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Transitional housing for victims of domestic violence proposed for Regina’s Heritage neighbourhood


A Regina non-profit is hoping to turn a tiny-home concept into a big opportunity for those fleeing domestic violence.

MayBell Developments plans to build six duplexes with a shared green space in the parking lot beside Trinity Lutheran Church in Regina’s Heritage neighbourhood.

Lilium Village, located at 1909 Ottawa St., will serve as low-income, long-term transitional housing for people looking to escape abusive relationships.

Victoria Aspinall, MayBell Development’s board president, says residents will be paired with community allies and can take part in courses on finances, tenancy training and job skills.

“We want to be part of a long term solution by not just offering a place to stay, but offering a place where they can change their lives and not end up in a situation like that again,” Aspinall said.

The transition period will last anywhere from two to five years, according to Aspinall.

She says applications will be available for low-income single mothers and their children, and the non-profit will work with other organizations in the city to find tenants.

“They do need to be considered low-income, according to CRA standards, upon intake, but not for the entire length of their stay because we are aware that they will be setting goals to increase their income,” Aspinall said.

Rent will be 30 per cent of each household’s income. Once 30 per cent of that income reaches the median market value of rent, the families will be transitioned out of the village.

MayBell Developments is currently fundraising for the project. Aspinall says they hope to break ground next summer and open the village by the fall of 2022.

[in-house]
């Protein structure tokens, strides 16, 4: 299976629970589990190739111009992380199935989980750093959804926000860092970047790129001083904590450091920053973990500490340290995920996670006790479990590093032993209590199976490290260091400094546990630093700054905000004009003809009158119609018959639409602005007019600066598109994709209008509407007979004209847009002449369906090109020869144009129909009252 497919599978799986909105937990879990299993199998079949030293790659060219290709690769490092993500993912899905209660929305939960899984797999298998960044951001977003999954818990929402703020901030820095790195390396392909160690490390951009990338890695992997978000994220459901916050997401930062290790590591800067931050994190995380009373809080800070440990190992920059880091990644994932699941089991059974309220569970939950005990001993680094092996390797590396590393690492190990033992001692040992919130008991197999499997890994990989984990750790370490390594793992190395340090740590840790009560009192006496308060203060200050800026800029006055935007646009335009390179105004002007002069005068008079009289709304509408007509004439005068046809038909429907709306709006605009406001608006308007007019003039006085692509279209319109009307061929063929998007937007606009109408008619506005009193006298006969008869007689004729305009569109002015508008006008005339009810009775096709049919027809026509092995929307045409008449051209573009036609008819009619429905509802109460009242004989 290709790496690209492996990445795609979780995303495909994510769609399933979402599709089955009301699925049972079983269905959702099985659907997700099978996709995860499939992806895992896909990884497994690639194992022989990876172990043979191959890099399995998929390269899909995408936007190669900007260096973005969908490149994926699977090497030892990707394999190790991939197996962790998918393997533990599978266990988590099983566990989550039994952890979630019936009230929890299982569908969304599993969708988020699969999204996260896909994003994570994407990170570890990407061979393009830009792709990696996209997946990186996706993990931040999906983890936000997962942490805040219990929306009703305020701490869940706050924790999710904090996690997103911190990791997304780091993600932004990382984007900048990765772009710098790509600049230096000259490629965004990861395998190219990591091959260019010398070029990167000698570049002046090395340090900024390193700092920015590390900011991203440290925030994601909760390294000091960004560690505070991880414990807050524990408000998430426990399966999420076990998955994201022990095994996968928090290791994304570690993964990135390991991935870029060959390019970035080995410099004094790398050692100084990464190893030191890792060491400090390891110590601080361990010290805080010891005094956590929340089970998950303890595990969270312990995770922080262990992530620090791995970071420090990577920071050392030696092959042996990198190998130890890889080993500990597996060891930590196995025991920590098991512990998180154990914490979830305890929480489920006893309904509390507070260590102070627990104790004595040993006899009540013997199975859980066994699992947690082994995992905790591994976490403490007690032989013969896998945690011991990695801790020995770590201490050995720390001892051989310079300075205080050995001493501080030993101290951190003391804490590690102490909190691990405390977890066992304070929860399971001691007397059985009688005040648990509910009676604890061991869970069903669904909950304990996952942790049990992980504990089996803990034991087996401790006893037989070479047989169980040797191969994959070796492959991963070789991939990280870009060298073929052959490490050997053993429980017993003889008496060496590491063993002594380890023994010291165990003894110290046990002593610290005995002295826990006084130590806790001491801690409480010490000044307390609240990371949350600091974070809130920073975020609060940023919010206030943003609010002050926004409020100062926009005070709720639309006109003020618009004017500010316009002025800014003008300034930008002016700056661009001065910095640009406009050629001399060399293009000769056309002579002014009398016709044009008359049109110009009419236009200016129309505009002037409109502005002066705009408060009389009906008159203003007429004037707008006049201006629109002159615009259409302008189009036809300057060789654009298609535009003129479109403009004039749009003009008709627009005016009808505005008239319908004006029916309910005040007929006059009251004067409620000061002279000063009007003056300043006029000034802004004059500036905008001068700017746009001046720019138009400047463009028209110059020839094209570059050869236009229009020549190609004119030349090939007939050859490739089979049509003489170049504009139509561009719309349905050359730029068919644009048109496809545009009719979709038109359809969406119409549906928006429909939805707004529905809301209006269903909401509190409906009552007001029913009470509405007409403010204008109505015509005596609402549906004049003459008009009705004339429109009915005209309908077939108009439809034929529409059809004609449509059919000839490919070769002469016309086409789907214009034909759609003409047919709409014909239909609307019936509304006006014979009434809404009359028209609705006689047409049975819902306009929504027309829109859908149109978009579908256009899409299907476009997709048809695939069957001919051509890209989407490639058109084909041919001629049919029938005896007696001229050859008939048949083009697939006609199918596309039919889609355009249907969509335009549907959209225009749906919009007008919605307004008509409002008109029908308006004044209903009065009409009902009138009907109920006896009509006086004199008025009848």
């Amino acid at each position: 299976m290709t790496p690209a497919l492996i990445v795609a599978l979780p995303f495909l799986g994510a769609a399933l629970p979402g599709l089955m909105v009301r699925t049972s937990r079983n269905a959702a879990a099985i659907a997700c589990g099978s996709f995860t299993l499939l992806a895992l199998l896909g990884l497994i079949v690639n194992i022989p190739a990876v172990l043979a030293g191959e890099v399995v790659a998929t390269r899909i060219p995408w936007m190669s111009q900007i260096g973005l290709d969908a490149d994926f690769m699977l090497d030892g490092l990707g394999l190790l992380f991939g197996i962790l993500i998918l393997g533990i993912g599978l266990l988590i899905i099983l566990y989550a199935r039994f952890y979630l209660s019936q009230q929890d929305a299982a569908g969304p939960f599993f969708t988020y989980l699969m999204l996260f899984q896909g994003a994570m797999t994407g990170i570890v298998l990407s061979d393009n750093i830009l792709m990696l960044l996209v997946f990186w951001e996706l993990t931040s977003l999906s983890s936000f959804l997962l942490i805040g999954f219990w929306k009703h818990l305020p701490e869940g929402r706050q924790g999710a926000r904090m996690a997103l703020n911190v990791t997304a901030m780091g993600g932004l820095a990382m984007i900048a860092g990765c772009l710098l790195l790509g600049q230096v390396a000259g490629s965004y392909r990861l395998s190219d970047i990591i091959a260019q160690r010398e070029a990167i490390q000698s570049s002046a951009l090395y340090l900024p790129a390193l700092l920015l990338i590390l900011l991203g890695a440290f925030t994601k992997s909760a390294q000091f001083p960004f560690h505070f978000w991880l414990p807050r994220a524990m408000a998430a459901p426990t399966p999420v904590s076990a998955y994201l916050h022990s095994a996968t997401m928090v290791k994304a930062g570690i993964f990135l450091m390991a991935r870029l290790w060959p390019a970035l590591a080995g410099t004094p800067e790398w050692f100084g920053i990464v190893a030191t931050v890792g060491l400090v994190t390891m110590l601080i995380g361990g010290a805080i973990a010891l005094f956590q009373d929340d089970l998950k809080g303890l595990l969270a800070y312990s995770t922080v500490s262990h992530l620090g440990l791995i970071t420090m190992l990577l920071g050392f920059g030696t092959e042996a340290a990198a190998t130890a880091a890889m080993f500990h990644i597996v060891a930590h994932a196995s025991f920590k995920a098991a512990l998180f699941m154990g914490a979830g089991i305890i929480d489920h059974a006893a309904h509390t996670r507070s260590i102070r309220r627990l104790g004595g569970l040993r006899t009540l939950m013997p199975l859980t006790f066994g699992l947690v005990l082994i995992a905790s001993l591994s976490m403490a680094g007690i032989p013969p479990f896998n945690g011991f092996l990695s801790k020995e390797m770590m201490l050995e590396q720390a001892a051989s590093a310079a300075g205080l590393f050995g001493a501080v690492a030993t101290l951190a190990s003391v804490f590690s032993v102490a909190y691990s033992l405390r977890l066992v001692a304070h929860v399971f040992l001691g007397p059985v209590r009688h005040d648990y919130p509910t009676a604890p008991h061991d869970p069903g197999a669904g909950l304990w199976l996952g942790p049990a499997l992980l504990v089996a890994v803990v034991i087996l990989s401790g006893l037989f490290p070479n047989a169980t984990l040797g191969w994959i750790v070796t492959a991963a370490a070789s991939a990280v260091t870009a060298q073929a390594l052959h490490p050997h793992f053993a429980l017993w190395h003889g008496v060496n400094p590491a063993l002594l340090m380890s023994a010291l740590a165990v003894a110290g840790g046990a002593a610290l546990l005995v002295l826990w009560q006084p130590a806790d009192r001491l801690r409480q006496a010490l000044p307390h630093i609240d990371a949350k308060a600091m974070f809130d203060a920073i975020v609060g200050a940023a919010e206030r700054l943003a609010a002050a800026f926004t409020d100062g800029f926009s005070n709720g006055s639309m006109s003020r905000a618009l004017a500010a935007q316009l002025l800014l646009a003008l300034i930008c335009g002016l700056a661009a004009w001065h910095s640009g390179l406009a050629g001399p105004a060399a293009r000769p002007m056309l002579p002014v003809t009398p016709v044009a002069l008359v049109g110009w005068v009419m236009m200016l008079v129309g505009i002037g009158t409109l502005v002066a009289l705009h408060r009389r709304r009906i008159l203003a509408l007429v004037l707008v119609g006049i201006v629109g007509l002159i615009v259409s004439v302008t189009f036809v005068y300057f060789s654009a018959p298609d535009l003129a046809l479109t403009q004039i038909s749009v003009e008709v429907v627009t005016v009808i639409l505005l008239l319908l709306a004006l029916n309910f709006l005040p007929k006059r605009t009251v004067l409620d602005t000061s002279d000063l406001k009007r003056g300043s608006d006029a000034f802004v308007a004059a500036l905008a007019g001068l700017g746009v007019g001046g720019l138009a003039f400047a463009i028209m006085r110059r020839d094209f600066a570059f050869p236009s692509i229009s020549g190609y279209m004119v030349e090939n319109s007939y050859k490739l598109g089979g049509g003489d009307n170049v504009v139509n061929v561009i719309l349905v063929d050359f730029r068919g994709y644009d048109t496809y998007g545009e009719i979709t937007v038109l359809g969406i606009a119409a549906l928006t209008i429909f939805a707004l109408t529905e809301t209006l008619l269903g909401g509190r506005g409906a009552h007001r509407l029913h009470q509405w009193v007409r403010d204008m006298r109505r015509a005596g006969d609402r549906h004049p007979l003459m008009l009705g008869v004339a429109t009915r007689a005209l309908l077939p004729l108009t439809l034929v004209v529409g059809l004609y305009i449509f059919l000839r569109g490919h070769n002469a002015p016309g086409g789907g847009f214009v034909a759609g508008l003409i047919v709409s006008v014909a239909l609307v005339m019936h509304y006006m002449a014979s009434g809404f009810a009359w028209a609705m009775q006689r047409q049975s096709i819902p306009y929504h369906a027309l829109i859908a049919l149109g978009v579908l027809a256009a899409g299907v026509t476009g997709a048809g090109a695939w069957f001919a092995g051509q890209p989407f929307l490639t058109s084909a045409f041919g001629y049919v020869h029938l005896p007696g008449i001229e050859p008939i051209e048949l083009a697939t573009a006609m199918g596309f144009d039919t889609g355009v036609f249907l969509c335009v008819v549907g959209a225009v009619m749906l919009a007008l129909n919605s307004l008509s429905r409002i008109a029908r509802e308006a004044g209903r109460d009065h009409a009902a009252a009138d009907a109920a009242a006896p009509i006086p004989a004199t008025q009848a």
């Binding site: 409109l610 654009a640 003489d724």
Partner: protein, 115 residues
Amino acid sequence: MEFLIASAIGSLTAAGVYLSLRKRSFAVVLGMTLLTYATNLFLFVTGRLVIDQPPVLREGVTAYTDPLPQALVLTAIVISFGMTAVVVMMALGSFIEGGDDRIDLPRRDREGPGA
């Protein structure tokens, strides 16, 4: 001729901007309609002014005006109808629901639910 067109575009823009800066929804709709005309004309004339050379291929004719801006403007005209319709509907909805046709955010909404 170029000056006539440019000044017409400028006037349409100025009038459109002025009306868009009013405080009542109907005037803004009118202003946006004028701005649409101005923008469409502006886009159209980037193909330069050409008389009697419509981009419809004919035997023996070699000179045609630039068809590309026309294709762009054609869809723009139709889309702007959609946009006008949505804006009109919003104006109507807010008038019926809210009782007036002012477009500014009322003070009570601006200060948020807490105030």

Saskatchewan has the highest rate of police-reported family violence among the provinces, according to Statistics Canada.

Data from a snapshot on April 18, 2018 shows nearly half of Saskatchewan shelters were full.

Seventy-eight per cent of all of the shelter beds in the province were in use, which is the third highest occupancy rate in the country.

“Over the course of a year, I know many, too many, women and children are turned away because of a lack of available spaces,” said Jo-Anne Dusel, executive director of the Provincial Association of Transition Houses and Services of Saskatchewan.

There are a number of reasons for Saskatchewan’s “consistently high” rates of domestic violence, according to Dusel.

She says the province’s small population spread out over a large geographical area means not everyone is within close proximity of services, adding certain traditional family values in rural areas and inter-generational impacts of colonization in Indigenous communities can lead to higher rates of family violence.

Financial barriers often lead to people staying in violent relationships, she said.

“I certainly have experienced, in my years as a shelter worker, women who came to the shelter, could not find affordable housing and did go back to an abusive situation,” she said.

“Having longer term support, follow-up, and a community around an individual who has left a violent situation is very crucial to their ongoing safe journey to rebuild their lives.”

Dusel says there is a need for more second-stage housing in Saskatchewan, which is not only safe and affordable, but also support-driven.

According to Dusel, people who have fled abusive relationships are more likely to find and retain jobs, begin and complete education, and avoid future violent situations if they have support from domestic violence specialists during their transition.

If you or someone you know needs help, resources and shelters can be found online at or Top Stories

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